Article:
The Japanese House Covers ABBA's “Super Trouper” from New Live EP “ITEIAD Sessions”
British alt-pop singer-songwriter Amber Bain, aka The Japanese House released a new live EP “ITEIAD Sessions” on November 22, 2023.
The EP features five live versions from her sophomore album “In the End It Always Does”, which was released back in June, and a cover of ABBA's “Super Trouper”.
The EP title is an acronym of “In The End It Always Does”.
The Japanese House shared, “It was so much fun making these stripped back versions for the videos with my band and Chloe Kraemer. We also recorded a brand new version of Boyhood and a cover of Super Trouper.”
“Super Trouper” was released by Swedish pop group ABBA from their seventh studio album of the same name in 1980.
The track was written by Benny Andersson and Björn Ulvaeus.
The song reached No. 1 on the UK Singles chart. The track was also the fourth biggest selling single in the UK for 1980.
The Japanese House explained track-by-track of the EP.
“Sad to Breathe”
“I wrote this when Marika [Hackman, Bain's ex, who Good at Falling is about] and I broke up. We're really good friends now and have sorted everything out—we're very close. When I think about how completely depressed and destroyed I was from that breakup, I almost find it cute and funny. I think that's why I decided to make the rest of that song euphoric and in double time. I guess in some ways it's me looking back positively on this really sad time, and telling my former self that it's going to be OK.”
“I'll often write half a song when I'm in one place and then, when I try and finish it, I'll be in a completely different place. So it ends up taking on a whole new meaning. For the first half of this, I was in the throes of romance and thought it was fun to write a song about sexting. It ended up being about someone being far away from you. Obviously, at the beginning I was far away from this person a lot—I was always touring. And then suddenly I was close to them all the time because it was lockdown, yet felt so far away from them. I feel like I'm really embracing a more poppy side of myself—often I hold myself back on that front. Originally, I was trying to write a chorus around this weird time signature, and in the end I gave up and was like, 'I'm just going to write a really fun, simple pop chorus.' It was a good lesson—the most simple songs are often my favorites.”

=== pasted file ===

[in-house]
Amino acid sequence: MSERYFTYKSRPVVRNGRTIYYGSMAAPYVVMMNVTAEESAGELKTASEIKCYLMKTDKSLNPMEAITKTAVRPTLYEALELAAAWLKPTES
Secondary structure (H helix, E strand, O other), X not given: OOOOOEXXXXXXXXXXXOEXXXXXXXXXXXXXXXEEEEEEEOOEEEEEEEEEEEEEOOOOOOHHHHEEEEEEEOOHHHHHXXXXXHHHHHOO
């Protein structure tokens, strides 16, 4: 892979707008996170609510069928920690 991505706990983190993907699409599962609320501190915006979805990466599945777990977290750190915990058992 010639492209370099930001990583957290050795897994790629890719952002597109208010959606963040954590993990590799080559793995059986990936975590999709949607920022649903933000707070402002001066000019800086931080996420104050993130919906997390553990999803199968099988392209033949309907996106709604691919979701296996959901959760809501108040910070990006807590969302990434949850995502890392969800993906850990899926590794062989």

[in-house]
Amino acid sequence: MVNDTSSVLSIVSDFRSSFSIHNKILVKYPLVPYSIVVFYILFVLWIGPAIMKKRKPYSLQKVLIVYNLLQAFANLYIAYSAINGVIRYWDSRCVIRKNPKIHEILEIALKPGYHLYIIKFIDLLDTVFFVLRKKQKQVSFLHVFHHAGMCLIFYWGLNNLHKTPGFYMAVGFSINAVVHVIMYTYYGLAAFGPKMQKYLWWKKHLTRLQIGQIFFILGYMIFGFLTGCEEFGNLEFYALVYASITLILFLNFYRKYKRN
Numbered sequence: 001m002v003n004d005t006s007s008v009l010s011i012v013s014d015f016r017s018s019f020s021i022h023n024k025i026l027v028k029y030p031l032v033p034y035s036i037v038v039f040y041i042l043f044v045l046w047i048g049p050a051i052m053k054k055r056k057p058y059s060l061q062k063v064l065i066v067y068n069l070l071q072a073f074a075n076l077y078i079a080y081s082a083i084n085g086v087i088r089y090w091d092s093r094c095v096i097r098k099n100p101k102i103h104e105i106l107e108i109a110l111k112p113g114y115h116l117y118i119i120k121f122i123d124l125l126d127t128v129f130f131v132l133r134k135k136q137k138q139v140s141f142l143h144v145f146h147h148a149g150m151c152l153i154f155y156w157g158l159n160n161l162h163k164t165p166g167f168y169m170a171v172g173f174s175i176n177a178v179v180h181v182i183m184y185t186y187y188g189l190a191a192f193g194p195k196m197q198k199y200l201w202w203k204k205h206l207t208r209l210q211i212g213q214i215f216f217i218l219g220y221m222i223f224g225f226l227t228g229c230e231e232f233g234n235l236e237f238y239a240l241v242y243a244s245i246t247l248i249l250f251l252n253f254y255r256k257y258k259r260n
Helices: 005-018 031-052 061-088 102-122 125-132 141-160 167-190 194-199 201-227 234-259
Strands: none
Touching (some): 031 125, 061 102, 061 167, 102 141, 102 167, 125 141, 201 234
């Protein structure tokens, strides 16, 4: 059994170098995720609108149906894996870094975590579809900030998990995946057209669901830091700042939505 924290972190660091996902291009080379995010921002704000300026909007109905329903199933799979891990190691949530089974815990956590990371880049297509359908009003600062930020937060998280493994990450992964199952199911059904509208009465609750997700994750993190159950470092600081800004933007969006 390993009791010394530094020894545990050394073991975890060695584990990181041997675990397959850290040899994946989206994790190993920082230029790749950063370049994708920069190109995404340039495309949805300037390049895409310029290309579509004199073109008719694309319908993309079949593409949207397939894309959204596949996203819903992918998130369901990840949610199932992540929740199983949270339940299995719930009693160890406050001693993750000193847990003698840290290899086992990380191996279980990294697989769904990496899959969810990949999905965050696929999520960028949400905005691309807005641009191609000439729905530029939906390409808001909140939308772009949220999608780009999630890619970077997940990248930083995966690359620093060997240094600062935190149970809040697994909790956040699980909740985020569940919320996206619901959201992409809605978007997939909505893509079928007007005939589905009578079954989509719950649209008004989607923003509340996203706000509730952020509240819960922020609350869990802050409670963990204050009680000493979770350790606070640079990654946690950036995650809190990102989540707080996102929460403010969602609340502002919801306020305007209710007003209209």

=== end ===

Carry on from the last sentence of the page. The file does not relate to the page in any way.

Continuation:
“I would call my ex and my dog my 'sunshine babies.' My dog is obsessed with the sun, and me and my ex are the same—probably some of the best moments of our relationship were just lying on the beach in Margate. The song started as an attempt to find a way to stop fighting, but at the end it became sort of a resignation about the relationship ending. That speaks to what the whole album is about. Do you resign to being in something that you're not completely happy with, or do you resign to it ending? And which one's worse? There's relief in giving up. And you can hear that in the music—there's catharsis in the outro, the sax, and lying back on a beach in the sand looking up at the sun like, 'OK, fine.'”
“I wasn't in a particularly good place when I wrote the early version of this song. I was thinking about trauma and things that happen to you in your life—how you become the summation of those things and how that feels unfair in a way. I was also thinking about gender in terms of me not having had a boyhood. The word 'girlhood' doesn't really even exist. I was thinking about how different it would be had I had a boyhood because a lot of the time I felt like I was a boy and would dress as a boy, asked to be called a boy's name. It's taken me a long time to accept certain aspects of my gender. In some ways, it's about embracing the things that have happened to you and about letting go of others in order to become someone that you feel you are intrinsically. The demo was really electronic, then we experimented with stripping everything back and it becoming a completely acoustic organic song. We watched this video of a gay dance group dancing in cowboy hats and boots in front of the White House—I think it's in the early noughties at Pride—and it's exactly the same BPM as 'Boyhood.' We wanted to encapsulate a definite cowboy twang but also [have] a campness to it. It's a dance song in a weird way—just a stripped-back, acoustic dance song.”
“One for sorrow, two for Joni Jones”
“I had this instrumental thing written with the piano and strings, and I had this idea that we'd have some sort of lyrical rambling over the top of it, kind of like an ode to Joni Mitchell. Obviously I love her so much and I named my dog after her. I went into the studio and said I'd written this weird thing—a poem I'd written hungover that morning after seeing a Charli XCX show—and that maybe it could be the lyrical rambling. Katie Gavin came in and sung pretty much the exact melody we have for it now. It was just so magical watching her do that—she was kind of laughing and crying and me and Chloe were both sobbing. It's just one of the most honest and pure things I've ever written. It's on the cusp of being embarrassing because it's radical honesty. But I think it pulls back at the right moments. It's talking about how it's so sad that you think your life's going to end [after a breakup], but actually day to day, you're just going to be walking in the park with your little dog and everything's going to be pretty much the same. This is definitely the most raw and real thing I've ever released.”
- source : Apple Music